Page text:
A new, detailed genetic roadmap of glaucoma — the world’s leading cause of irreversible blindness — will help researchers develop new drugs to combat the disease, by identifying potential target areas to stall or reverse vision loss.
The research, one of the largest and most detailed stem cell modelling studies reported for any disease, is published today in Cell Genomics.
By comparing stem cell models of the retinal ganglion cells of people with Primary Open Angle Glaucoma to those without the disease, more than 300 novel genetic features of these cells were uncovered.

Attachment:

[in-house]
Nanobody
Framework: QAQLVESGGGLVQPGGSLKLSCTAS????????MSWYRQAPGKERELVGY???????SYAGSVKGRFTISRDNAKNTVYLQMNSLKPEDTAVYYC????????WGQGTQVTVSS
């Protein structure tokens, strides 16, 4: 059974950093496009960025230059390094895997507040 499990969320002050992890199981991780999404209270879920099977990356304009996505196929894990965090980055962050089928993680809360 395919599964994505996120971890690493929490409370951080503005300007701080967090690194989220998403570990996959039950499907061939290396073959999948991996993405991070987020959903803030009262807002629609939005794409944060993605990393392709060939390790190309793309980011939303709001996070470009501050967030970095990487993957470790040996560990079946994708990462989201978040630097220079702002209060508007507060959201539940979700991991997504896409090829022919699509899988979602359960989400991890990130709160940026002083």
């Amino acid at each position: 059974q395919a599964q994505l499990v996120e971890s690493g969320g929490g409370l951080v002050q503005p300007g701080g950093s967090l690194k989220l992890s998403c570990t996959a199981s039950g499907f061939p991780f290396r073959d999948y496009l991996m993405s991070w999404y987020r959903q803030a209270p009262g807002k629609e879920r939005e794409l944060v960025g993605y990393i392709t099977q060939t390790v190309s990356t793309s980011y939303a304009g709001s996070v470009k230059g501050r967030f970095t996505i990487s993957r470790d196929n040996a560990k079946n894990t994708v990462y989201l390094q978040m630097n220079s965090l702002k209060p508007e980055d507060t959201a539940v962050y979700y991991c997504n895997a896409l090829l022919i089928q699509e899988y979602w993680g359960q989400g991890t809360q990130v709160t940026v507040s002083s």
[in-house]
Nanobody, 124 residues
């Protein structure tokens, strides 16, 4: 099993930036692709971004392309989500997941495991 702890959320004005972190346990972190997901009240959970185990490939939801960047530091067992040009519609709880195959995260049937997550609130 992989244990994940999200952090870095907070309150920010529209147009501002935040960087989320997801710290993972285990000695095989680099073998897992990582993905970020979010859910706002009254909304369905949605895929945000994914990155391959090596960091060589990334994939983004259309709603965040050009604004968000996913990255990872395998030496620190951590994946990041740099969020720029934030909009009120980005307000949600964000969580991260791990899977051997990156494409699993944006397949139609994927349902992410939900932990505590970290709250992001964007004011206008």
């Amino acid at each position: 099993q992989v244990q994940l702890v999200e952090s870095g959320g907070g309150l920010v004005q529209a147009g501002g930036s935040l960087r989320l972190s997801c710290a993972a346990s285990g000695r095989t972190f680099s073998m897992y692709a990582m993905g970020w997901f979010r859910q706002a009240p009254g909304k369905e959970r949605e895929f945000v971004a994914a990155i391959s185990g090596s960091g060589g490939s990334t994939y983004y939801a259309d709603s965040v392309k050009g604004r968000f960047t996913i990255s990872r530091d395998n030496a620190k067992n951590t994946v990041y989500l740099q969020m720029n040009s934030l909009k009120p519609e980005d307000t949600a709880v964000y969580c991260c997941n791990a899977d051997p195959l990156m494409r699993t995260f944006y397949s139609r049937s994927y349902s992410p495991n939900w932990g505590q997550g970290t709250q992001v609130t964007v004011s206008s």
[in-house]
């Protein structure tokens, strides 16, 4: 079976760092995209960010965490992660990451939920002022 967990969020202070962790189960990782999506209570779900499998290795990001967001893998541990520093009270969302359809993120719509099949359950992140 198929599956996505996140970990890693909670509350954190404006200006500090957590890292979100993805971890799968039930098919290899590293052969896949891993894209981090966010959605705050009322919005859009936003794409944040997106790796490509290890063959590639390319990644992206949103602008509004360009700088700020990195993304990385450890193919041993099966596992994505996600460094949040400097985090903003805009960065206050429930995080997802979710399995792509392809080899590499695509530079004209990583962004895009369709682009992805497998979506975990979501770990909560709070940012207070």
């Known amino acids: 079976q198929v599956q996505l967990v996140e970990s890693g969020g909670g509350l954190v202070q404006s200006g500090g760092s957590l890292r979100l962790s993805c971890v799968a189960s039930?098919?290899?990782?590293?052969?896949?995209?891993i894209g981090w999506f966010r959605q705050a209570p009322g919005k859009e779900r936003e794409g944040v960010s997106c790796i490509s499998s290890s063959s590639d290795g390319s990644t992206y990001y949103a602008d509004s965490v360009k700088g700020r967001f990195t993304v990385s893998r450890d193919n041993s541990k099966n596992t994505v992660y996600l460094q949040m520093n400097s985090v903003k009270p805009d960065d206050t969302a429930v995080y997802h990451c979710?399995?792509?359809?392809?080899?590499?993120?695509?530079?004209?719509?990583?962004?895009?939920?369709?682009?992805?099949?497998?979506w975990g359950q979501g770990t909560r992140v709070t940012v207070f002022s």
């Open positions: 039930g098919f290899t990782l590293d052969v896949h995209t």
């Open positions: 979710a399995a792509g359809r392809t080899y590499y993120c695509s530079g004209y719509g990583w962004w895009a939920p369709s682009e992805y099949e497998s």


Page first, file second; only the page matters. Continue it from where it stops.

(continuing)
The findings are the result of a national collaboration led by Professor Alex Hewitt (Centre for Eye Research Australia, University of Melbourne and University of Tasmania), Professor Alice Pébay and Dr Maciej Daniszewski (University of Melbourne) and Ms Anne Senabouth and Professor Joseph Powell (Garvan Institute of Medical Research).
Professor Hewitt, who is Head of Clinical Genetics at CERA, says the study will lead to a better understanding of the mechanisms that damage retinal ganglion cells and lead to the onset of glaucoma.
This will help researchers develop new drugs to combat glaucoma, by identifying potential new areas to target to stall or reverse vision loss caused by the disease.
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